One of the most important functions of a modern website which many people neglect to ask about before purchasing, is a content management system (CMS), does it have one and how comprehensive is it? Will it allow you to edit text and images on your website without having to ask permission from the web developer or worse still, having to pay him/her to edit your site for you? A good CMS will give you control to add and update text copy, images, other media (video for instance), add pages, and alter Meta Tags, if and whenever you want to.
Website Design and Capabilities:
How do you want your website to look? A good way of coming up with ideas for the general style you might like to aim for, is to take a look around the internet at a range of websites, see what sort of thing takes your fancy. Websites in the same business category that your own falls into would be a good place to start. Get an idea of the functions they may have available on their websites, but consider how important your existing brand is to you and whether there is anything else associated with it that you should consider? Will you prefer to continue with your brand as it is presently, or would you like to tweak it just a little to invoke a fresh appeal? Will any important elements be lost if you decide to alter or even replace it?
If you're just setting up your business from start, looking at other websites might give you inspiration to develop your business brand around a range of designs that you've spotted elsewhere. You might feel that certain tones reflect your business persona. If you've been inspired to come up with a general idea of the direction you want to go with your website, I would recommend that you follow the old adage "sleep on it" you may see it from another angle the day after plus it will allow you time to reflect on your ideas before presenting them to a web development company. Remember - design time is expensive but its only half as expensive as re-design time.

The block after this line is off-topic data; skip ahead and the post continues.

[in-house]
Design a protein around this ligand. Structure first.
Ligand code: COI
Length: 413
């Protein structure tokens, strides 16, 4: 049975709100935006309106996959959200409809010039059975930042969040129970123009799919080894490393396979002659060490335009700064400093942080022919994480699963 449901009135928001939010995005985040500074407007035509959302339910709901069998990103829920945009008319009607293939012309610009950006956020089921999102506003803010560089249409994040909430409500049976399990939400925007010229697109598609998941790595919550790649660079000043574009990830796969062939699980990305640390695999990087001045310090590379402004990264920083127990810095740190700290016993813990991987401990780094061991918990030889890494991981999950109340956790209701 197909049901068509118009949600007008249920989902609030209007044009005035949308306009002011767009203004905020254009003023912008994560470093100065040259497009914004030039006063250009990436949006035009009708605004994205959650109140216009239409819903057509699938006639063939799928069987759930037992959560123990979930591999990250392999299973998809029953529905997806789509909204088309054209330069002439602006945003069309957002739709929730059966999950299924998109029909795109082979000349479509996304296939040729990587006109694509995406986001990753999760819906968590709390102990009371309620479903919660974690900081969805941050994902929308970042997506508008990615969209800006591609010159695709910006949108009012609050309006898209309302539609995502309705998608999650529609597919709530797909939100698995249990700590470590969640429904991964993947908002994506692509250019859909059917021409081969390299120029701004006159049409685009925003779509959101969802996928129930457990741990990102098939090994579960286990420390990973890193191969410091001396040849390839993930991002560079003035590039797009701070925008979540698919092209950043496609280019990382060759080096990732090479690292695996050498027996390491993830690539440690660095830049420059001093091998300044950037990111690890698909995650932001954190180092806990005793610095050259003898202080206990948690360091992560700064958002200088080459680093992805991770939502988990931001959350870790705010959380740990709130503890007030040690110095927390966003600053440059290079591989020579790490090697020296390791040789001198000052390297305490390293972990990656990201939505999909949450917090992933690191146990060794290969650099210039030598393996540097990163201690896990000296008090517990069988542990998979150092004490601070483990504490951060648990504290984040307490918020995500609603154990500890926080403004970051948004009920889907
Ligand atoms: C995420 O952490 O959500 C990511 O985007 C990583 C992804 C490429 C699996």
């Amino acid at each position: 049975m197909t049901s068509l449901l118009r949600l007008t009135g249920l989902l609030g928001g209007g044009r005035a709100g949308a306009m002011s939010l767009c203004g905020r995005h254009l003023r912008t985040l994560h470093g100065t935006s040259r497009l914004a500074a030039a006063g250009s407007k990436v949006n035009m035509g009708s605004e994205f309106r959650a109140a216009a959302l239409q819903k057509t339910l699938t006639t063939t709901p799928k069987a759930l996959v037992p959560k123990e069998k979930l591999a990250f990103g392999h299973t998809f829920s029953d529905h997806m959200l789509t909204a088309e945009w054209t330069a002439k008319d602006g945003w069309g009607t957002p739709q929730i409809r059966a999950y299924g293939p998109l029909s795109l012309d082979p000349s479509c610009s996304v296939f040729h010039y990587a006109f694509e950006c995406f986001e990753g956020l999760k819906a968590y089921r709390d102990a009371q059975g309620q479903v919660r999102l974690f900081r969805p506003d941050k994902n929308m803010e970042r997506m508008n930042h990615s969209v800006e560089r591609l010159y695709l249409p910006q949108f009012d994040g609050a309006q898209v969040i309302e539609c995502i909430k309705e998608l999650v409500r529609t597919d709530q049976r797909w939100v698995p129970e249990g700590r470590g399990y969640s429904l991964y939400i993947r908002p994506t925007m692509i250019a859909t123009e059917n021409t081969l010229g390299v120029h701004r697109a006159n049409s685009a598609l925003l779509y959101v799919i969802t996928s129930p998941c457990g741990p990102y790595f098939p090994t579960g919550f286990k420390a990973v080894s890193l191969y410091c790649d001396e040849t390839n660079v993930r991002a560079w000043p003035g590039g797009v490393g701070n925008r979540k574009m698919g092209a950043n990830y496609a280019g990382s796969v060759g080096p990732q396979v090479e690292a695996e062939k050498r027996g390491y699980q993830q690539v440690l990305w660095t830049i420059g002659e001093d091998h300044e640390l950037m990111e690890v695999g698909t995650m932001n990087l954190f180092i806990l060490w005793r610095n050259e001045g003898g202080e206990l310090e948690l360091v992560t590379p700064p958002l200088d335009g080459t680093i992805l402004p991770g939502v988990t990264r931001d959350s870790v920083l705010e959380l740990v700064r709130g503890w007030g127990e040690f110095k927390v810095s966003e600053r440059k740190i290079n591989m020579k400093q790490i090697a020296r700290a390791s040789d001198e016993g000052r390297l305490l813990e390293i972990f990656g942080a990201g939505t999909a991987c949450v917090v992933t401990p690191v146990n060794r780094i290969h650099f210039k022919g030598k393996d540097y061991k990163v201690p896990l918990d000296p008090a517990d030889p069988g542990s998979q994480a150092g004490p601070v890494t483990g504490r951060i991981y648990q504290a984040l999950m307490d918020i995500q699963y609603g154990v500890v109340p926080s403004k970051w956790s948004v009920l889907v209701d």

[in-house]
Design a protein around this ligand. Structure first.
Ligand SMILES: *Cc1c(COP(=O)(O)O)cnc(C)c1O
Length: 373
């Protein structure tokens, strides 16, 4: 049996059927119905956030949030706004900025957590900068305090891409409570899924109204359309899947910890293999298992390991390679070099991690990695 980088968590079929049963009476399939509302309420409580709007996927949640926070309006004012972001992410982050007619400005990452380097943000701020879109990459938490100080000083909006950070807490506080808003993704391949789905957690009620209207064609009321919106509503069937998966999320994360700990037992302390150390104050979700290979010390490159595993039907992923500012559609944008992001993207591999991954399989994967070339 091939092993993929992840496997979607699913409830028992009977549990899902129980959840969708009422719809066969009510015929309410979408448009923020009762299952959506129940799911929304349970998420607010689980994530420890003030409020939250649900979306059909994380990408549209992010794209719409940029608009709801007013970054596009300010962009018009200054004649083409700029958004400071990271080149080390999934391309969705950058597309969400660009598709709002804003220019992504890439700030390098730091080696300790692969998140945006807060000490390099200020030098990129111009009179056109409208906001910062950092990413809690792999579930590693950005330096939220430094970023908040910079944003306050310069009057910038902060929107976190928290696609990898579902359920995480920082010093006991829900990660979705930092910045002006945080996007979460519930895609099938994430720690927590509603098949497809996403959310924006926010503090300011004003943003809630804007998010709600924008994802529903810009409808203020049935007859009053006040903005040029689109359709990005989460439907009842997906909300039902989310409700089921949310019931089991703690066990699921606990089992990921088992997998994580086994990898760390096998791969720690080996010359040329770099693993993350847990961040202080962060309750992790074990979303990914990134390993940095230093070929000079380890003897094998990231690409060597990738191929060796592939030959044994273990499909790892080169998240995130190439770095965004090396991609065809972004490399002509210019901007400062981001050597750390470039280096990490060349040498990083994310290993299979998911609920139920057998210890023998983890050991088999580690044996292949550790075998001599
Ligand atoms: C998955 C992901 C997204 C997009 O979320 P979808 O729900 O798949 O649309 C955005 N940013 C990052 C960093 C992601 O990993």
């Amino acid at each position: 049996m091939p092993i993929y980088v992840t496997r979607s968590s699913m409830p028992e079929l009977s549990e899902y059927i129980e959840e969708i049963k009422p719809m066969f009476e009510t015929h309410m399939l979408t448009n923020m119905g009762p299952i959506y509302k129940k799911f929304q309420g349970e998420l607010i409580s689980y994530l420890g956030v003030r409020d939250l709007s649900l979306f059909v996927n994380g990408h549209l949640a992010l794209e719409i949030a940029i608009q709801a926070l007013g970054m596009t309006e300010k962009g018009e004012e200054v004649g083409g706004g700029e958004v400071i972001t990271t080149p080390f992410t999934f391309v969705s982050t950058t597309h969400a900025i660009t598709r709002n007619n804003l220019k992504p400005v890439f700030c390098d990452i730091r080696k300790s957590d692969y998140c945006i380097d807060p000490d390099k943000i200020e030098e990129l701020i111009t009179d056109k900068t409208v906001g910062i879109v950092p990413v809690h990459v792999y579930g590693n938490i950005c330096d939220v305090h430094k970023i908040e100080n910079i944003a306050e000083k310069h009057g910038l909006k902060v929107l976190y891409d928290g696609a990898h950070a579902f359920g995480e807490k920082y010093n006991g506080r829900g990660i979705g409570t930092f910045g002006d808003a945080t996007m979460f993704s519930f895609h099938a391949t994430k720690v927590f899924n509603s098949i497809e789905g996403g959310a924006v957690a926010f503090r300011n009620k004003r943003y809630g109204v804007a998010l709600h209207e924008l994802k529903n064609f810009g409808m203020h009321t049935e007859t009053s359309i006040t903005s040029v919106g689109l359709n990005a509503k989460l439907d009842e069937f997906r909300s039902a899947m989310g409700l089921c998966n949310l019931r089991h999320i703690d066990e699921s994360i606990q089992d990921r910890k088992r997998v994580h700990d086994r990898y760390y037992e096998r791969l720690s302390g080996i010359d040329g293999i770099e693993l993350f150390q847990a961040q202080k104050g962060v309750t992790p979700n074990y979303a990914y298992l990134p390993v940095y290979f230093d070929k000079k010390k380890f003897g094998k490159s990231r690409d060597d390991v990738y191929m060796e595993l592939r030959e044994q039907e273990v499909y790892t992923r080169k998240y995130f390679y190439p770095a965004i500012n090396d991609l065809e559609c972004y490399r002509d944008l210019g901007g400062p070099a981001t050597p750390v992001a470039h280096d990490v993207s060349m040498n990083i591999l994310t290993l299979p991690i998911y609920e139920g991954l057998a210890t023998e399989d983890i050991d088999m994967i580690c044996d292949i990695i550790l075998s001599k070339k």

Although web design has become the normal expression when referring to anything connected with website development, you should be aware that there are actually two very distinct skills involved with the production of a website and each is equally as important as the other. A web designer is the first person you'll communicate with and they will discuss how you would like your website to look. They will have a good understanding of how each web page will function and will offer advice and suggestions. They will work with your requirements and approach you with a draft design. Once the design has been approved then all of the visual drafts go off to the web developer. The developer starts by piecing together all of the graphic and building the scripts that format the web pages. After this has been completed the developer will start adding the functions, features and all of the other necessary programming that is required to complete the project.
Only after considering all of the fore-mentioned, should you be approaching the question of price.
- Define exactly what type of business you are in and exactly what it does?
- How bespoke must your website be to fit your particular business niche?
- Why you need a new website?
- What benefits you and your customers will get from the right website?
- Will your website take payments online for purchases?
- Which functions does your website need in order to fit your business purpose?
- Will it have a suitable CMS to enable you to do what you need with it?
- Have you got a few website examples in mind?
- Have you approached several web development companies?
- Is the price you were given, the right price?
The right people at the right price
A professional web development firm will be happy to answer your questions, as well as provide you with advice on which features you should definitely include in your website design and which to avoid. When your fully satisfied that you're dealing with the right people, who have the right skills, put your trust in their judgement, they'll have the right experience too.